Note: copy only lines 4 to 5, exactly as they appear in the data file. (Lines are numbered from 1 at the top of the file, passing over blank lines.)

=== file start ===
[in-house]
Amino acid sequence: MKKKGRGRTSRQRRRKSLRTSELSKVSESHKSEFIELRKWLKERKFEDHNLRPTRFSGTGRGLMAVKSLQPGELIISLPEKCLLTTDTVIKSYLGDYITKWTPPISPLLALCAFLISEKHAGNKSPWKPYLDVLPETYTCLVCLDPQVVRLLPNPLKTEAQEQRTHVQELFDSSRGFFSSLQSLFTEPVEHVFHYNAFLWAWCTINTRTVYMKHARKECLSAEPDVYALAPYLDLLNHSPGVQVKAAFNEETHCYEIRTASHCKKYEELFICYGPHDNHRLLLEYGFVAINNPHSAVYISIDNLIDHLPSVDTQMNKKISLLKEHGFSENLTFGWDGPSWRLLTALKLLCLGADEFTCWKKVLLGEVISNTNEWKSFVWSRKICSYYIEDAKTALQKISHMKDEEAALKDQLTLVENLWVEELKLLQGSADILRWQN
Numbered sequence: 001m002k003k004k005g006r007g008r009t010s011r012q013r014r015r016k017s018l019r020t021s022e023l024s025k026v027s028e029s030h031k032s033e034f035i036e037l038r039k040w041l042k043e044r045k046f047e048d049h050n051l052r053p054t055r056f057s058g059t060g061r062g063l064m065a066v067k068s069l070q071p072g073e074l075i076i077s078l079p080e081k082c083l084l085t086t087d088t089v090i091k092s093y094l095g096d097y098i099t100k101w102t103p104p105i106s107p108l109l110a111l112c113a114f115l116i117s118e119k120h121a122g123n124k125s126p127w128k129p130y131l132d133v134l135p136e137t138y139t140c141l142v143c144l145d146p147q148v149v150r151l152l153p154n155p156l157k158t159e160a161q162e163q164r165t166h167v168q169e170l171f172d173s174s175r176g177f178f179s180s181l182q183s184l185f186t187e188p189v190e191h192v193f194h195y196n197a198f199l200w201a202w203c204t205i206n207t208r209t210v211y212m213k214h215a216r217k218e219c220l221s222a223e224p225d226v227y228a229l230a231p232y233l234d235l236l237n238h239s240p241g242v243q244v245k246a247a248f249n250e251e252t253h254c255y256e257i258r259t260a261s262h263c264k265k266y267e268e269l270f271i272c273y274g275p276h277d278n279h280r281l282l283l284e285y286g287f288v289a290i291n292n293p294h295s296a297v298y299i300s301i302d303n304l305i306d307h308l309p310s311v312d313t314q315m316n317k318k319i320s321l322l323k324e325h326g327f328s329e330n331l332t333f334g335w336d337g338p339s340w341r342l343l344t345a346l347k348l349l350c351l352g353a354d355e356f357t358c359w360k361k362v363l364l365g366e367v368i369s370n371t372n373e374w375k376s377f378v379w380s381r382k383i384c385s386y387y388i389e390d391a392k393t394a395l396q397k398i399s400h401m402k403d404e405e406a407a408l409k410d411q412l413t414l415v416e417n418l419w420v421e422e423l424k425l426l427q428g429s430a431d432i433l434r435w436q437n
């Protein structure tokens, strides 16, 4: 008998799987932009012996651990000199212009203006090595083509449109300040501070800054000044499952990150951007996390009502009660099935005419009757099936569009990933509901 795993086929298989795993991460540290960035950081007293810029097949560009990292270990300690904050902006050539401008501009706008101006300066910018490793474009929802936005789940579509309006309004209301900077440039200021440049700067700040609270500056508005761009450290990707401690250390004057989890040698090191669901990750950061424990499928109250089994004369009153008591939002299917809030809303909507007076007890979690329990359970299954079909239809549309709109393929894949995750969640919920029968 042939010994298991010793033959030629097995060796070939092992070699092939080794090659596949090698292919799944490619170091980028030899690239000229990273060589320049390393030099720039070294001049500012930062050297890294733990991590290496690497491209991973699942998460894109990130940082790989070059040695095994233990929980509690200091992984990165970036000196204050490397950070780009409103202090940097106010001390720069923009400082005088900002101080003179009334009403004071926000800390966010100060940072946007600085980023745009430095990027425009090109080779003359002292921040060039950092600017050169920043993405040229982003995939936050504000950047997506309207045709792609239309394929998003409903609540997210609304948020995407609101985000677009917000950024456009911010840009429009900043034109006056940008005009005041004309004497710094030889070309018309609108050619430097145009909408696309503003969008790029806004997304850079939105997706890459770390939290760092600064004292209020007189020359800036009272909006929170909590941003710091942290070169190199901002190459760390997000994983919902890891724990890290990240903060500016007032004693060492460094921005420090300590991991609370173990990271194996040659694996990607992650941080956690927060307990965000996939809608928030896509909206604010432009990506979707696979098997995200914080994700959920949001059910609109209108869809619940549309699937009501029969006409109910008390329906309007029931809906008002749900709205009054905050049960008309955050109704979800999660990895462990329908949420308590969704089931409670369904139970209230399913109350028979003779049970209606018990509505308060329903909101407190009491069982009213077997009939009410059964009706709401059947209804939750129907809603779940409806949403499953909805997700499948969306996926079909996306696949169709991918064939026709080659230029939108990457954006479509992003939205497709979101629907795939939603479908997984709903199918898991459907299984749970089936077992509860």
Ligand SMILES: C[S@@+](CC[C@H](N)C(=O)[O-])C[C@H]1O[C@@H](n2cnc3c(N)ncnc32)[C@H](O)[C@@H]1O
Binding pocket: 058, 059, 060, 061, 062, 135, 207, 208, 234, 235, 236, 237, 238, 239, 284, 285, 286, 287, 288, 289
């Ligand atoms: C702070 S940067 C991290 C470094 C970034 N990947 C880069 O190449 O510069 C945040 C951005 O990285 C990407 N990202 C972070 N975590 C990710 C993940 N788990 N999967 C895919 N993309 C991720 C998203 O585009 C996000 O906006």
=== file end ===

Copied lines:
């Protein structure tokens, strides 16, 4: 008998799987932009012996651990000199212009203006090595083509449109300040501070800054000044499952990150951007996390009502009660099935005419009757099936569009990933509901 795993086929298989795993991460540290960035950081007293810029097949560009990292270990300690904050902006050539401008501009706008101006300066910018490793474009929802936005789940579509309006309004209301900077440039200021440049700067700040609270500056508005761009450290990707401690250390004057989890040698090191669901990750950061424990499928109250089994004369009153008591939002299917809030809303909507007076007890979690329990359970299954079909239809549309709109393929894949995750969640919920029968 042939010994298991010793033959030629097995060796070939092992070699092939080794090659596949090698292919799944490619170091980028030899690239000229990273060589320049390393030099720039070294001049500012930062050297890294733990991590290496690497491209991973699942998460894109990130940082790989070059040695095994233990929980509690200091992984990165970036000196204050490397950070780009409103202090940097106010001390720069923009400082005088900002101080003179009334009403004071926000800390966010100060940072946007600085980023745009430095990027425009090109080779003359002292921040060039950092600017050169920043993405040229982003995939936050504000950047997506309207045709792609239309394929998003409903609540997210609304948020995407609101985000677009917000950024456009911010840009429009900043034109006056940008005009005041004309004497710094030889070309018309609108050619430097145009909408696309503003969008790029806004997304850079939105997706890459770390939290760092600064004292209020007189020359800036009272909006929170909590941003710091942290070169190199901002190459760390997000994983919902890891724990890290990240903060500016007032004693060492460094921005420090300590991991609370173990990271194996040659694996990607992650941080956690927060307990965000996939809608928030896509909206604010432009990506979707696979098997995200914080994700959920949001059910609109209108869809619940549309699937009501029969006409109910008390329906309007029931809906008002749900709205009054905050049960008309955050109704979800999660990895462990329908949420308590969704089931409670369904139970209230399913109350028979003779049970209606018990509505308060329903909101407190009491069982009213077997009939009410059964009706709401059947209804939750129907809603779940409806949403499953909805997700499948969306996926079909996306696949169709991918064939026709080659230029939108990457954006479509992003939205497709979101629907795939939603479908997984709903199918898991459907299984749970089936077992509860």
Ligand SMILES: C[S@@+](CC[C@H](N)C(=O)[O-])C[C@H]1O[C@@H](n2cnc3c(N)ncnc32)[C@H](O)[C@@H]1O